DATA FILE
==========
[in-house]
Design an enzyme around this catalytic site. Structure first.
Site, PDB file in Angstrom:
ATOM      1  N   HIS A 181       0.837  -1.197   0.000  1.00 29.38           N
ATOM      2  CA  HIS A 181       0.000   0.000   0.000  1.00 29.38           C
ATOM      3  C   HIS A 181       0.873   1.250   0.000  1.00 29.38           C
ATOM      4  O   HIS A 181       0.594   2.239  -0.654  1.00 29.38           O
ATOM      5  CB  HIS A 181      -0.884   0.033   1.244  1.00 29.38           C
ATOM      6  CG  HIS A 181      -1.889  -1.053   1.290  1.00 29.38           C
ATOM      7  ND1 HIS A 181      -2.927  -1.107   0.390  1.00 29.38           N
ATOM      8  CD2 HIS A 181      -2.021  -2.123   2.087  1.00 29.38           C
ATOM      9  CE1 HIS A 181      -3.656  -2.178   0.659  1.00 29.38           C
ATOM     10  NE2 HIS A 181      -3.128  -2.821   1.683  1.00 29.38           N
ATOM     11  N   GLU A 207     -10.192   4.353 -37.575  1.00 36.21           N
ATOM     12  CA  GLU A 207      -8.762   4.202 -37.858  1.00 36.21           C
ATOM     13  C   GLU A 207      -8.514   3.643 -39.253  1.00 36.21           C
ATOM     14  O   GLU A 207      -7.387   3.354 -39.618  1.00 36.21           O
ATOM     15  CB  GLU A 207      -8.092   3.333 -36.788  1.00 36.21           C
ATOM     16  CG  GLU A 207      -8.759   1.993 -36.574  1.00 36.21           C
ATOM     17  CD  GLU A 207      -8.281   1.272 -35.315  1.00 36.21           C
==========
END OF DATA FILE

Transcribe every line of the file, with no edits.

[in-house]
Design an enzyme around this catalytic site. Structure first.
Site, PDB file in Angstrom:
ATOM      1  N   HIS A 181       0.837  -1.197   0.000  1.00 29.38           N
ATOM      2  CA  HIS A 181       0.000   0.000   0.000  1.00 29.38           C
ATOM      3  C   HIS A 181       0.873   1.250   0.000  1.00 29.38           C
ATOM      4  O   HIS A 181       0.594   2.239  -0.654  1.00 29.38           O
ATOM      5  CB  HIS A 181      -0.884   0.033   1.244  1.00 29.38           C
ATOM      6  CG  HIS A 181      -1.889  -1.053   1.290  1.00 29.38           C
ATOM      7  ND1 HIS A 181      -2.927  -1.107   0.390  1.00 29.38           N
ATOM      8  CD2 HIS A 181      -2.021  -2.123   2.087  1.00 29.38           C
ATOM      9  CE1 HIS A 181      -3.656  -2.178   0.659  1.00 29.38           C
ATOM     10  NE2 HIS A 181      -3.128  -2.821   1.683  1.00 29.38           N
ATOM     11  N   GLU A 207     -10.192   4.353 -37.575  1.00 36.21           N
ATOM     12  CA  GLU A 207      -8.762   4.202 -37.858  1.00 36.21           C
ATOM     13  C   GLU A 207      -8.514   3.643 -39.253  1.00 36.21           C
ATOM     14  O   GLU A 207      -7.387   3.354 -39.618  1.00 36.21           O
ATOM     15  CB  GLU A 207      -8.092   3.333 -36.788  1.00 36.21           C
ATOM     16  CG  GLU A 207      -8.759   1.993 -36.574  1.00 36.21           C
ATOM     17  CD  GLU A 207      -8.281   1.272 -35.315  1.00 36.21           C